Utility-scale wind is not a suitable alternative electricity generation option for Vermont for a variety of reasons but one extremely important one that hasn’t been discussed. The wind towers are out of scale with what we value in Vermont. While we may enjoy visiting the big cities we are always delighted to return because we cherish our local and small scale working landscape, our relatively small communities with their modest population, and the scenic natural environment where we spend so much time.
Industrial wind towers are huge. They are 400’ tall! They are not of human scale. The tallest buildings in Vermont in our most densely populated cities are only 125’ tall.
Many who have had even a small number of wind towers go up in their area are very unhappy with the results. One of these places is Vinalhaven, Maine. Here is what Cheryl Lindgren, a member of Fox Islands Wind Neighbors, a group of concerned residents working toward responsible renewable energy on Vinyl Haven had to say about wind towers in a column in the November 12, 2010, issue of the Portland Press Herald, “Our experience has forced me to look into the deeper issues of industrial wind – the technology, the economics and the politics. It has been an uncomfortable journey that has changed my once honey-eyed vision of easy, green power to a view that industrial wind energy is, at present, bad science, bad economics and bad politics.”
These wind towers also have major impacts on the natural environment. Susan Morse, a much respected environmentalist who works on protecting wildlife habitat states, “At their best, even the most brilliant wind turbine infrastructure doesn’t belong on a mountain any more than oil drilling belongs in the Arctic National Wildlife Refuge. We need to completely and irrevocably protect these precious places, large and small alike – habitats that are not continuously compromised and damaged by our activities. Such intact habitats along Vermont’s mountain ridgelines will play an integral role as global climate change forces countless species of plants and animals to adjust and find new habitats in which to survive and persist.”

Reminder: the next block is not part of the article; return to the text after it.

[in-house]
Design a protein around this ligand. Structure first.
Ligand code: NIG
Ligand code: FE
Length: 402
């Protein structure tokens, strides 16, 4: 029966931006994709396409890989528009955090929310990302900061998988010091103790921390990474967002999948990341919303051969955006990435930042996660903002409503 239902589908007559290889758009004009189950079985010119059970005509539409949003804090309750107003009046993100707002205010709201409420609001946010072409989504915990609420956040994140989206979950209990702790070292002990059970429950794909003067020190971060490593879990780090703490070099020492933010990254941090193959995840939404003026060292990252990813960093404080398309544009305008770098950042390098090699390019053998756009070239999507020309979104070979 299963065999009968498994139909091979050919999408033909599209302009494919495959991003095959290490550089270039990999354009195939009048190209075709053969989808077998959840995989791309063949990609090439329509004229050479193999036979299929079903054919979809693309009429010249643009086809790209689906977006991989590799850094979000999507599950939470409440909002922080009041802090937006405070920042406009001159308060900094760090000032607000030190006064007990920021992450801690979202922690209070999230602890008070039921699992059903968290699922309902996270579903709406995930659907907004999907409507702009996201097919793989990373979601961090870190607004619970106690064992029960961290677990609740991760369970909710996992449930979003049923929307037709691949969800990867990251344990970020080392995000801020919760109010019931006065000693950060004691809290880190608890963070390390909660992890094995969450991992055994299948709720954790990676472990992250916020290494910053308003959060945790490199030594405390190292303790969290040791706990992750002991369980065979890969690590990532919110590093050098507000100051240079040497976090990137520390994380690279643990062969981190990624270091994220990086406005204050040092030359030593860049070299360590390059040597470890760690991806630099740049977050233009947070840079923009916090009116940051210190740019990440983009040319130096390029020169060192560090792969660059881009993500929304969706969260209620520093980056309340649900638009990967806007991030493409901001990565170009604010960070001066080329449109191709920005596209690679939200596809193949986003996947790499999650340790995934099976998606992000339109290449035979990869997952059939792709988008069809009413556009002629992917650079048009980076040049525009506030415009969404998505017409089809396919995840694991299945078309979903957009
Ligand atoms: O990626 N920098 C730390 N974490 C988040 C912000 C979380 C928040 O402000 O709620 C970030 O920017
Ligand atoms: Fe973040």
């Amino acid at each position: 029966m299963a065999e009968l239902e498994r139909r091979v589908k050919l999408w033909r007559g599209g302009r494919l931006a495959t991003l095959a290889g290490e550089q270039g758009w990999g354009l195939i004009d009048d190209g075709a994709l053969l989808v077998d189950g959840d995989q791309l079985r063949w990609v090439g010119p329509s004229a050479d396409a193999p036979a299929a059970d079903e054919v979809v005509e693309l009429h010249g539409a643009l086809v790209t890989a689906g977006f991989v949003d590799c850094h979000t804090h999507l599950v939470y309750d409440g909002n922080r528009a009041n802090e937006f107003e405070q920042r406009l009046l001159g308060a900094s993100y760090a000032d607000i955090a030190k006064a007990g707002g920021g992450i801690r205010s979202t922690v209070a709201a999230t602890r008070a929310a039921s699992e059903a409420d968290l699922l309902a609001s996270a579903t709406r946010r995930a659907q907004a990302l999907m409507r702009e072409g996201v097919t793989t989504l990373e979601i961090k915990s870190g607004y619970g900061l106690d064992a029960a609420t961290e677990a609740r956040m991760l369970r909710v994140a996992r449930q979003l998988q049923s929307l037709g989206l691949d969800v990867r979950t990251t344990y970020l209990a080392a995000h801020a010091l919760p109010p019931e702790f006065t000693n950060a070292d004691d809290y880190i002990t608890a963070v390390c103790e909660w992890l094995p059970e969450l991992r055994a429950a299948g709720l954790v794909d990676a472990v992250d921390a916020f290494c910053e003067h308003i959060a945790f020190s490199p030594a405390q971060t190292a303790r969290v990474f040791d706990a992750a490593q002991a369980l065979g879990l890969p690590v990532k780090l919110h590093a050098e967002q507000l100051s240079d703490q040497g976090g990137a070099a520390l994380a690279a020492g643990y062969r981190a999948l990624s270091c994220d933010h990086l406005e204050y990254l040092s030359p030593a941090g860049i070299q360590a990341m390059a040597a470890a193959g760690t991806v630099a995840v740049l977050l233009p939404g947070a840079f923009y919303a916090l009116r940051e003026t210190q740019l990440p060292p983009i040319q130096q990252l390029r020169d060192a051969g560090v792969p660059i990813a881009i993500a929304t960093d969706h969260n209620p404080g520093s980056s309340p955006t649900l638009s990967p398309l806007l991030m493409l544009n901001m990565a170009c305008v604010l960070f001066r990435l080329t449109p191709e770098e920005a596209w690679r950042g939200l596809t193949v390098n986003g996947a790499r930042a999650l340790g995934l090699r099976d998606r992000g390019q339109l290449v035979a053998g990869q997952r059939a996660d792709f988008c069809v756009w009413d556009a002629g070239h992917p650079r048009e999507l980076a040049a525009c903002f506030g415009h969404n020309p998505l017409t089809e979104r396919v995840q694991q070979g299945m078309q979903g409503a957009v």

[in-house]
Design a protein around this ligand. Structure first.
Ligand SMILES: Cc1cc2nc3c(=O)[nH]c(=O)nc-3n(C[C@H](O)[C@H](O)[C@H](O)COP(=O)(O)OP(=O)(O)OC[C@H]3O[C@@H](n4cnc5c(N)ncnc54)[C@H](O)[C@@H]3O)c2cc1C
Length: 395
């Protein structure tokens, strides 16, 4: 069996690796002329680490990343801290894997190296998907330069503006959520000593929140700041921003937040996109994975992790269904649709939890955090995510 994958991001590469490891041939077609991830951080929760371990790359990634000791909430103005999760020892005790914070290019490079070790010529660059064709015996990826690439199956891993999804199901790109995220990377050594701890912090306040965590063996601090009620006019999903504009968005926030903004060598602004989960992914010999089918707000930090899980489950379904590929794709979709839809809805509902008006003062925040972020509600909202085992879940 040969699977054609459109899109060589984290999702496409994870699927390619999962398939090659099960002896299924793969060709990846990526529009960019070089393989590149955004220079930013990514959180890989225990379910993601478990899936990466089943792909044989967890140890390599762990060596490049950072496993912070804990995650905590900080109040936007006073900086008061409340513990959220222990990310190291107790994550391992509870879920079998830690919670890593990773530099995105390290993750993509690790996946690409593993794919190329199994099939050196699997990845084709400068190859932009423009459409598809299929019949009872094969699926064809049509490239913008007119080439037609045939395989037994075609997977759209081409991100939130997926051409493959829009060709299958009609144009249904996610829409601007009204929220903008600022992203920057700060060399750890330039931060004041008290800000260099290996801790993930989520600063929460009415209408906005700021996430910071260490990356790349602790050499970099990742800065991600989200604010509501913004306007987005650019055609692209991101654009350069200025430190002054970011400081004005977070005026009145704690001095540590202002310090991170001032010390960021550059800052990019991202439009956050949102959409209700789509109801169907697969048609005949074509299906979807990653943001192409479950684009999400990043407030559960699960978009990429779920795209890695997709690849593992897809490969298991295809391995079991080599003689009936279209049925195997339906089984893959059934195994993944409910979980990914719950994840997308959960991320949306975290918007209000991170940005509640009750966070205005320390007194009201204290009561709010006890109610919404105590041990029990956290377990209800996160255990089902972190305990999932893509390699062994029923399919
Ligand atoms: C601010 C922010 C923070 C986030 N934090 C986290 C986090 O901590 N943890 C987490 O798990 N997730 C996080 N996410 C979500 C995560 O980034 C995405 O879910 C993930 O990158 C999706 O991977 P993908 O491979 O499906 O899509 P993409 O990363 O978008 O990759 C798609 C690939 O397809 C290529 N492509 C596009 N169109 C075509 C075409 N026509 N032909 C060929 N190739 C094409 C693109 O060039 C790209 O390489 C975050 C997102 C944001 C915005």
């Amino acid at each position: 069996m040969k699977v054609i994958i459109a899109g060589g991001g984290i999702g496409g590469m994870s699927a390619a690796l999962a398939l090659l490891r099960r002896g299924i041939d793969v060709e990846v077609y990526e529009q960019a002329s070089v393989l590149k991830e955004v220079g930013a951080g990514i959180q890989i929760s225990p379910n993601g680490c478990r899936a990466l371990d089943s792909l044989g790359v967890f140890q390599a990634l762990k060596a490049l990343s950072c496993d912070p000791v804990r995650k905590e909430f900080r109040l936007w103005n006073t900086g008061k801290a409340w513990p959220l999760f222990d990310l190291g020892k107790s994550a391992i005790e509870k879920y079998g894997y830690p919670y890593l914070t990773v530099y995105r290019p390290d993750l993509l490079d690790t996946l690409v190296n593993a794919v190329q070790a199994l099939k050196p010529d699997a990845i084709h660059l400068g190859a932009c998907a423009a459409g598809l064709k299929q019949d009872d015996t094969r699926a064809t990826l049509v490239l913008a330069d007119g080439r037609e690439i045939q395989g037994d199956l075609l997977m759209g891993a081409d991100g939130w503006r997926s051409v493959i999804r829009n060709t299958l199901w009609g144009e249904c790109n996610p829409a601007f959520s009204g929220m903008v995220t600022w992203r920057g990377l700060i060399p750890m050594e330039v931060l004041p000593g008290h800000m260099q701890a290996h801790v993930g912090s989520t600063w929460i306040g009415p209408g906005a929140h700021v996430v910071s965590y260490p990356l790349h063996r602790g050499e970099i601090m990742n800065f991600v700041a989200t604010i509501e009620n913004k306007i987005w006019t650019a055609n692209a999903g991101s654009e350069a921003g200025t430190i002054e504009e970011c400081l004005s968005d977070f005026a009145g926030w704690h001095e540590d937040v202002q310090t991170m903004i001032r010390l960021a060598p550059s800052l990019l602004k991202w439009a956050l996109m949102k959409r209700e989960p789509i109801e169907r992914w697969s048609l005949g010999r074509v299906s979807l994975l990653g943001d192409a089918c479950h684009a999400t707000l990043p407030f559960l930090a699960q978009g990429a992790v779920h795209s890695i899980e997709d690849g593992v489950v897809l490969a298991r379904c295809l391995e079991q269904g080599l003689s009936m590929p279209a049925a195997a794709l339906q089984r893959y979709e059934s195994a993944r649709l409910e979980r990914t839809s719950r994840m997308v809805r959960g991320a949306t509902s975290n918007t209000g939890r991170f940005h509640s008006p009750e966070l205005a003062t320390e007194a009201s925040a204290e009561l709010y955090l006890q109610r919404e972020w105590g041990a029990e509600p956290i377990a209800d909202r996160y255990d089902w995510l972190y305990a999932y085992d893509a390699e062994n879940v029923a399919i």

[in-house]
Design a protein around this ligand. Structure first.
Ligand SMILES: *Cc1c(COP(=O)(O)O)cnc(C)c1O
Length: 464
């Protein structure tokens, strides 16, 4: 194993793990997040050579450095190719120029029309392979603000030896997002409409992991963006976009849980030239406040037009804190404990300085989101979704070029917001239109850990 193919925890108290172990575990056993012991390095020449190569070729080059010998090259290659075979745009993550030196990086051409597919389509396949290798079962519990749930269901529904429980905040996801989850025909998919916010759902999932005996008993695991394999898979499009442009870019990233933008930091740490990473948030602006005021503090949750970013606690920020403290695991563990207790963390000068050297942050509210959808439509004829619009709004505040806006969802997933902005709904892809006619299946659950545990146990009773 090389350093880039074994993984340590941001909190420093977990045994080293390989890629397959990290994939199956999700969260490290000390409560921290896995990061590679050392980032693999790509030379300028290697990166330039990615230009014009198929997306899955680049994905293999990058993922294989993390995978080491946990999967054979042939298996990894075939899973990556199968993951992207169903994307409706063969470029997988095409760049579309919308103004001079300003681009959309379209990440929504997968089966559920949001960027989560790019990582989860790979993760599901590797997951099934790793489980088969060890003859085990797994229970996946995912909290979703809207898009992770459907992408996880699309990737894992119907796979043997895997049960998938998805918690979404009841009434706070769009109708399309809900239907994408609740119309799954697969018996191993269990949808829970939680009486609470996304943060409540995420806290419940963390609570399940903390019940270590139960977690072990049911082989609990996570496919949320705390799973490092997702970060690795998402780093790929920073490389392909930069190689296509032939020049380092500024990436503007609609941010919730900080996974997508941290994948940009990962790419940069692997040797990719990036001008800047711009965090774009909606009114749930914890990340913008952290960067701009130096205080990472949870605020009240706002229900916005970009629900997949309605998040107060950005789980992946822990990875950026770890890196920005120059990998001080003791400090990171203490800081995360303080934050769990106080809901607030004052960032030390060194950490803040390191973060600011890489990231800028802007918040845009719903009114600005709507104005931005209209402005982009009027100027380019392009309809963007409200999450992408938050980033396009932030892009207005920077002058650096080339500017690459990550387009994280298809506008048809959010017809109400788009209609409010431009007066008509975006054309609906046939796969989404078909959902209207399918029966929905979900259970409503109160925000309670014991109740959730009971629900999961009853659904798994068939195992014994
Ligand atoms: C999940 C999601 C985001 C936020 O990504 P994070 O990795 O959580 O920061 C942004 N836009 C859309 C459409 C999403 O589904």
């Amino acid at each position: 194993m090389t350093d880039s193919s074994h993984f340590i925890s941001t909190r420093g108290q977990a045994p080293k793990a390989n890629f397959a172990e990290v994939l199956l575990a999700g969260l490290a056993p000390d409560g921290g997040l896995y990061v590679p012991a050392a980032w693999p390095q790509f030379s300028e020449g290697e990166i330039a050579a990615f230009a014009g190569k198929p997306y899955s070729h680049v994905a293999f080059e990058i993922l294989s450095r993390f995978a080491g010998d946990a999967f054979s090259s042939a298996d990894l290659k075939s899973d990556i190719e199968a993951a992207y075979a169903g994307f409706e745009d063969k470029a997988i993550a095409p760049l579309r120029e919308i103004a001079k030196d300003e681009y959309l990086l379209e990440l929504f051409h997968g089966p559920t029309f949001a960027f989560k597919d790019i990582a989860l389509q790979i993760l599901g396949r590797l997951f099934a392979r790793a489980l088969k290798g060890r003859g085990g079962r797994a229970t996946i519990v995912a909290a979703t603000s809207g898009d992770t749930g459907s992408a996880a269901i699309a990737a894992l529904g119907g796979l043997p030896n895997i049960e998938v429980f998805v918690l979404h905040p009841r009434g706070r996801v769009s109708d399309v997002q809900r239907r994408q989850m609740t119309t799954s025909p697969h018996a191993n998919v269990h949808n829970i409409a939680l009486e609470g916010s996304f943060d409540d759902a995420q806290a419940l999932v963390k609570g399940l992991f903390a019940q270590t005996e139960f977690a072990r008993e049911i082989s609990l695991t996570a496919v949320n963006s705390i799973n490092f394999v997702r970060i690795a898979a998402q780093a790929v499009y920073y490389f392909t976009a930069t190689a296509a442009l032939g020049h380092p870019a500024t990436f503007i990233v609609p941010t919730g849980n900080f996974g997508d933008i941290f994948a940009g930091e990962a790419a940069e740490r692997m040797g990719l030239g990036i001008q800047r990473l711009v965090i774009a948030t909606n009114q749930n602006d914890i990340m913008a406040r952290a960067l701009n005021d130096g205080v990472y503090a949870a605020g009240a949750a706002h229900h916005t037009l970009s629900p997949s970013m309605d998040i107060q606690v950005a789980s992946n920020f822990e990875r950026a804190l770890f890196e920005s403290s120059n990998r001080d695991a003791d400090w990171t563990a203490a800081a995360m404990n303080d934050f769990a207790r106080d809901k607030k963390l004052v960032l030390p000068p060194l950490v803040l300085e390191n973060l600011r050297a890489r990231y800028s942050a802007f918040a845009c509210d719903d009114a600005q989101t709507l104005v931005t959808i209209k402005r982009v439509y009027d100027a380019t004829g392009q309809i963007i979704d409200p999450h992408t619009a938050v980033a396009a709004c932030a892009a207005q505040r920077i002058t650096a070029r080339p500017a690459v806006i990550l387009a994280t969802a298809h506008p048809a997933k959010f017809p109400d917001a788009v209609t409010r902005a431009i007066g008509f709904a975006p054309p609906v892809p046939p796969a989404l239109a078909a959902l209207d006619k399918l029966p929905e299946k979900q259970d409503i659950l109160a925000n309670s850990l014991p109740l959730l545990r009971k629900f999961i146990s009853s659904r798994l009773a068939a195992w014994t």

Instead of massive wind towers that are out of scale let’s develop incentives for locally owned and installed solar options. I have put in an AllSun Tracker system and couldn’t be happier with the fact that although it is relatively large as solar panels go it is still of a scale that doesn’t dominate the landscape.
Editor’s note: This op-ed is by George Plumb of Washington.
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